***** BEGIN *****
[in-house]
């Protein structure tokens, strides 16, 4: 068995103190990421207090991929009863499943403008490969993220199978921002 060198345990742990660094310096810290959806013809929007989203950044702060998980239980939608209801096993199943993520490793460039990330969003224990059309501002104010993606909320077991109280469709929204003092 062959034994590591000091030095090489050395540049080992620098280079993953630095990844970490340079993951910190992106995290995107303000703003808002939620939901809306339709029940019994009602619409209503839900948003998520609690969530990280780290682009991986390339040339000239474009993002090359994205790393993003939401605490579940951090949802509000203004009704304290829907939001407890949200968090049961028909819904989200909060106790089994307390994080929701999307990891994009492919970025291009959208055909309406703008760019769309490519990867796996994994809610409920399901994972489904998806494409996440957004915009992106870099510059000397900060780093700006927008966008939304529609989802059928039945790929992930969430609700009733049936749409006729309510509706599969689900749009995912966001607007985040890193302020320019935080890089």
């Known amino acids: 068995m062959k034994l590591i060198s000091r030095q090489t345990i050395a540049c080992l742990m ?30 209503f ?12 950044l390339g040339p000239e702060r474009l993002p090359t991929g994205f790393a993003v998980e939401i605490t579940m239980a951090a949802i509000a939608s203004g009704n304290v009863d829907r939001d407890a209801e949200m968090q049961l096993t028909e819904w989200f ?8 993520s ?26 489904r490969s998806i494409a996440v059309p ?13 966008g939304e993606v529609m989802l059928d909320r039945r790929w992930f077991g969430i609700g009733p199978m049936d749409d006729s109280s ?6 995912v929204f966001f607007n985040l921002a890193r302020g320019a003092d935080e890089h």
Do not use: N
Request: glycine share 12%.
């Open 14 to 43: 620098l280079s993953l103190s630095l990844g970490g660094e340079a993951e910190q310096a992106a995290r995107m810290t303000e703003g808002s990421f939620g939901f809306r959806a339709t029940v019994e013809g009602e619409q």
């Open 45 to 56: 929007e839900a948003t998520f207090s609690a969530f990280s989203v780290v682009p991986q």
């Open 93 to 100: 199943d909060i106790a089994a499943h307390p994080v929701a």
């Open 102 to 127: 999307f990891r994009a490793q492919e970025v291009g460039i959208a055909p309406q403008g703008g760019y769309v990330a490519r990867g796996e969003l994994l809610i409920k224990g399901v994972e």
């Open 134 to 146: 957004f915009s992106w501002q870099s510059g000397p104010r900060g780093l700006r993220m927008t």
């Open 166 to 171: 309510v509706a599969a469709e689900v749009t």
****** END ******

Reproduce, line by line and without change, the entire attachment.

[in-house]
């Protein structure tokens, strides 16, 4: 068995103190990421207090991929009863499943403008490969993220199978921002 060198345990742990660094310096810290959806013809929007989203950044702060998980239980939608209801096993199943993520490793460039990330969003224990059309501002104010993606909320077991109280469709929204003092 062959034994590591000091030095090489050395540049080992620098280079993953630095990844970490340079993951910190992106995290995107303000703003808002939620939901809306339709029940019994009602619409209503839900948003998520609690969530990280780290682009991986390339040339000239474009993002090359994205790393993003939401605490579940951090949802509000203004009704304290829907939001407890949200968090049961028909819904989200909060106790089994307390994080929701999307990891994009492919970025291009959208055909309406703008760019769309490519990867796996994994809610409920399901994972489904998806494409996440957004915009992106870099510059000397900060780093700006927008966008939304529609989802059928039945790929992930969430609700009733049936749409006729309510509706599969689900749009995912966001607007985040890193302020320019935080890089």
């Known amino acids: 068995m062959k034994l590591i060198s000091r030095q090489t345990i050395a540049c080992l742990m ?30 209503f ?12 950044l390339g040339p000239e702060r474009l993002p090359t991929g994205f790393a993003v998980e939401i605490t579940m239980a951090a949802i509000a939608s203004g009704n304290v009863d829907r939001d407890a209801e949200m968090q049961l096993t028909e819904w989200f ?8 993520s ?26 489904r490969s998806i494409a996440v059309p ?13 966008g939304e993606v529609m989802l059928d909320r039945r790929w992930f077991g969430i609700g009733p199978m049936d749409d006729s109280s ?6 995912v929204f966001f607007n985040l921002a890193r302020g320019a003092d935080e890089h």
Do not use: N
Request: glycine share 12%.
């Open 14 to 43: 620098l280079s993953l103190s630095l990844g970490g660094e340079a993951e910190q310096a992106a995290r995107m810290t303000e703003g808002s990421f939620g939901f809306r959806a339709t029940v019994e013809g009602e619409q």
């Open 45 to 56: 929007e839900a948003t998520f207090s609690a969530f990280s989203v780290v682009p991986q």
């Open 93 to 100: 199943d909060i106790a089994a499943h307390p994080v929701a």
């Open 102 to 127: 999307f990891r994009a490793q492919e970025v291009g460039i959208a055909p309406q403008g703008g760019y769309v990330a490519r990867g796996e969003l994994l809610i409920k224990g399901v994972e």
């Open 134 to 146: 957004f915009s992106w501002q870099s510059g000397p104010r900060g780093l700006r993220m927008t």
């Open 166 to 171: 309510v509706a599969a469709e689900v749009t």